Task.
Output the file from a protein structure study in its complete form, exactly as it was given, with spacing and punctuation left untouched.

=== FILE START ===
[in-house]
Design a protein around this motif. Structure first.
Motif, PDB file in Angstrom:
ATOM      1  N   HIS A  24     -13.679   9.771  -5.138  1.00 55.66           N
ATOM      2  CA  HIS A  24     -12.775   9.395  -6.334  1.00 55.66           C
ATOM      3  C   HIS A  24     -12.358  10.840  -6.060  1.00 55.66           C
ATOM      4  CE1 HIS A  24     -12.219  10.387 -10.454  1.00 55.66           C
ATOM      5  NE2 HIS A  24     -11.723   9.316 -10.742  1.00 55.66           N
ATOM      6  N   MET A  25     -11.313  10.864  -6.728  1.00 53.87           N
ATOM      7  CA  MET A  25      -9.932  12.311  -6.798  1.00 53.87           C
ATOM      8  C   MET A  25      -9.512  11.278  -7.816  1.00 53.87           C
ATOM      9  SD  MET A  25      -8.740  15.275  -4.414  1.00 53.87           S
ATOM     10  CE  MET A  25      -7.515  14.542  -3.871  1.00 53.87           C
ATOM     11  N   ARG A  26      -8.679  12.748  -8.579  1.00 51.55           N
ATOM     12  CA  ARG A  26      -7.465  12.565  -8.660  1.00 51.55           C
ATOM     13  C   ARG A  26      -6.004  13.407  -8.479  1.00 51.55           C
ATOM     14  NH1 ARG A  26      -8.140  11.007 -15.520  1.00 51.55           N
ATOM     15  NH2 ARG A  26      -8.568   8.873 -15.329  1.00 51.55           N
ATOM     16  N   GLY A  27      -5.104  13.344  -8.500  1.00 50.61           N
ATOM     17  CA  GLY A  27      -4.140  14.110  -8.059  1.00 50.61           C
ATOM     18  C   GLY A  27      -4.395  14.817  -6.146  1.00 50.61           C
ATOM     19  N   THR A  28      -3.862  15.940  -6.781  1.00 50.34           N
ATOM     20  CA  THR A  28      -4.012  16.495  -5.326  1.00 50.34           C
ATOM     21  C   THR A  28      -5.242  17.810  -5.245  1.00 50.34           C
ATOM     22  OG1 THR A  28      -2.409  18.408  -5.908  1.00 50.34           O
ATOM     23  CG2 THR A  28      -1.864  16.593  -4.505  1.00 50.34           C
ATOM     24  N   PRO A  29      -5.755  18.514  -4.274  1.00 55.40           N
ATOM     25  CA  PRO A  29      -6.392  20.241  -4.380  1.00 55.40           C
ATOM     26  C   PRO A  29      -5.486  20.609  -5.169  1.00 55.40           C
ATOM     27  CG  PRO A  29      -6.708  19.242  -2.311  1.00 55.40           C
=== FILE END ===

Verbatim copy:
[in-house]
Design a protein around this motif. Structure first.
Motif, PDB file in Angstrom:
ATOM      1  N   HIS A  24     -13.679   9.771  -5.138  1.00 55.66           N
ATOM      2  CA  HIS A  24     -12.775   9.395  -6.334  1.00 55.66           C
ATOM      3  C   HIS A  24     -12.358  10.840  -6.060  1.00 55.66           C
ATOM      4  CE1 HIS A  24     -12.219  10.387 -10.454  1.00 55.66           C
ATOM      5  NE2 HIS A  24     -11.723   9.316 -10.742  1.00 55.66           N
ATOM      6  N   MET A  25     -11.313  10.864  -6.728  1.00 53.87           N
ATOM      7  CA  MET A  25      -9.932  12.311  -6.798  1.00 53.87           C
ATOM      8  C   MET A  25      -9.512  11.278  -7.816  1.00 53.87           C
ATOM      9  SD  MET A  25      -8.740  15.275  -4.414  1.00 53.87           S
ATOM     10  CE  MET A  25      -7.515  14.542  -3.871  1.00 53.87           C
ATOM     11  N   ARG A  26      -8.679  12.748  -8.579  1.00 51.55           N
ATOM     12  CA  ARG A  26      -7.465  12.565  -8.660  1.00 51.55           C
ATOM     13  C   ARG A  26      -6.004  13.407  -8.479  1.00 51.55           C
ATOM     14  NH1 ARG A  26      -8.140  11.007 -15.520  1.00 51.55           N
ATOM     15  NH2 ARG A  26      -8.568   8.873 -15.329  1.00 51.55           N
ATOM     16  N   GLY A  27      -5.104  13.344  -8.500  1.00 50.61           N
ATOM     17  CA  GLY A  27      -4.140  14.110  -8.059  1.00 50.61           C
ATOM     18  C   GLY A  27      -4.395  14.817  -6.146  1.00 50.61           C
ATOM     19  N   THR A  28      -3.862  15.940  -6.781  1.00 50.34           N
ATOM     20  CA  THR A  28      -4.012  16.495  -5.326  1.00 50.34           C
ATOM     21  C   THR A  28      -5.242  17.810  -5.245  1.00 50.34           C
ATOM     22  OG1 THR A  28      -2.409  18.408  -5.908  1.00 50.34           O
ATOM     23  CG2 THR A  28      -1.864  16.593  -4.505  1.00 50.34           C
ATOM     24  N   PRO A  29      -5.755  18.514  -4.274  1.00 55.40           N
ATOM     25  CA  PRO A  29      -6.392  20.241  -4.380  1.00 55.40           C
ATOM     26  C   PRO A  29      -5.486  20.609  -5.169  1.00 55.40           C
ATOM     27  CG  PRO A  29      -6.708  19.242  -2.311  1.00 55.40           C